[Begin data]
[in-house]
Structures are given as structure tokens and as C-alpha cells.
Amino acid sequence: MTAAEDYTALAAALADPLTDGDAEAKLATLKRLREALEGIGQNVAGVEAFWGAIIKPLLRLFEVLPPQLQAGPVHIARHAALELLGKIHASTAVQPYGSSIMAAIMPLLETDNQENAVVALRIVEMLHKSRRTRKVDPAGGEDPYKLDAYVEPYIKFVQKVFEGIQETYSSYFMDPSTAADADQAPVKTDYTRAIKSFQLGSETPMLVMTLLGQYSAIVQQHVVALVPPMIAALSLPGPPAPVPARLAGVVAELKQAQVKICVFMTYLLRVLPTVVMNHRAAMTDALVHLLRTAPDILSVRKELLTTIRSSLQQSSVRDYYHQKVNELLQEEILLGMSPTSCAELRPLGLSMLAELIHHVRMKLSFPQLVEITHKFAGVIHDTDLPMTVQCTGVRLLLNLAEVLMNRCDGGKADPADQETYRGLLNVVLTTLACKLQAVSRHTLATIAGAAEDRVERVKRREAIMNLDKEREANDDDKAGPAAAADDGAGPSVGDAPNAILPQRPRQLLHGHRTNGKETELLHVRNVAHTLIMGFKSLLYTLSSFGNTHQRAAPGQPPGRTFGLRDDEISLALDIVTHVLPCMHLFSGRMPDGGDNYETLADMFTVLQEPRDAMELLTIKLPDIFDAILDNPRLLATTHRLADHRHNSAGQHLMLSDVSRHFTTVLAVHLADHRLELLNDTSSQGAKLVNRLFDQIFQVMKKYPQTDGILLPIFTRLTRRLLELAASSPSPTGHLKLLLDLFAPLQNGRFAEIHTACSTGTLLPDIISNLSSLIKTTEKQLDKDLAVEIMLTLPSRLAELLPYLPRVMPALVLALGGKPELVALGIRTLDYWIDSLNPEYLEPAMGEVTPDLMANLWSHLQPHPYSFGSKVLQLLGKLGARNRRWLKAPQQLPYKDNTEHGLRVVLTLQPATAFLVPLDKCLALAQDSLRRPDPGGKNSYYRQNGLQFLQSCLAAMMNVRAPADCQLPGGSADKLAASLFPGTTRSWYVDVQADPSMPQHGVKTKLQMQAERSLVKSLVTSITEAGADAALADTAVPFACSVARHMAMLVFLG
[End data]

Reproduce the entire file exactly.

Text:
[in-house]
Structures are given as structure tokens and as C-alpha cells.
Amino acid sequence: MTAAEDYTALAAALADPLTDGDAEAKLATLKRLREALEGIGQNVAGVEAFWGAIIKPLLRLFEVLPPQLQAGPVHIARHAALELLGKIHASTAVQPYGSSIMAAIMPLLETDNQENAVVALRIVEMLHKSRRTRKVDPAGGEDPYKLDAYVEPYIKFVQKVFEGIQETYSSYFMDPSTAADADQAPVKTDYTRAIKSFQLGSETPMLVMTLLGQYSAIVQQHVVALVPPMIAALSLPGPPAPVPARLAGVVAELKQAQVKICVFMTYLLRVLPTVVMNHRAAMTDALVHLLRTAPDILSVRKELLTTIRSSLQQSSVRDYYHQKVNELLQEEILLGMSPTSCAELRPLGLSMLAELIHHVRMKLSFPQLVEITHKFAGVIHDTDLPMTVQCTGVRLLLNLAEVLMNRCDGGKADPADQETYRGLLNVVLTTLACKLQAVSRHTLATIAGAAEDRVERVKRREAIMNLDKEREANDDDKAGPAAAADDGAGPSVGDAPNAILPQRPRQLLHGHRTNGKETELLHVRNVAHTLIMGFKSLLYTLSSFGNTHQRAAPGQPPGRTFGLRDDEISLALDIVTHVLPCMHLFSGRMPDGGDNYETLADMFTVLQEPRDAMELLTIKLPDIFDAILDNPRLLATTHRLADHRHNSAGQHLMLSDVSRHFTTVLAVHLADHRLELLNDTSSQGAKLVNRLFDQIFQVMKKYPQTDGILLPIFTRLTRRLLELAASSPSPTGHLKLLLDLFAPLQNGRFAEIHTACSTGTLLPDIISNLSSLIKTTEKQLDKDLAVEIMLTLPSRLAELLPYLPRVMPALVLALGGKPELVALGIRTLDYWIDSLNPEYLEPAMGEVTPDLMANLWSHLQPHPYSFGSKVLQLLGKLGARNRRWLKAPQQLPYKDNTEHGLRVVLTLQPATAFLVPLDKCLALAQDSLRRPDPGGKNSYYRQNGLQFLQSCLAAMMNVRAPADCQLPGGSADKLAASLFPGTTRSWYVDVQADPSMPQHGVKTKLQMQAERSLVKSLVTSITEAGADAALADTAVPFACSVARHMAMLVFLG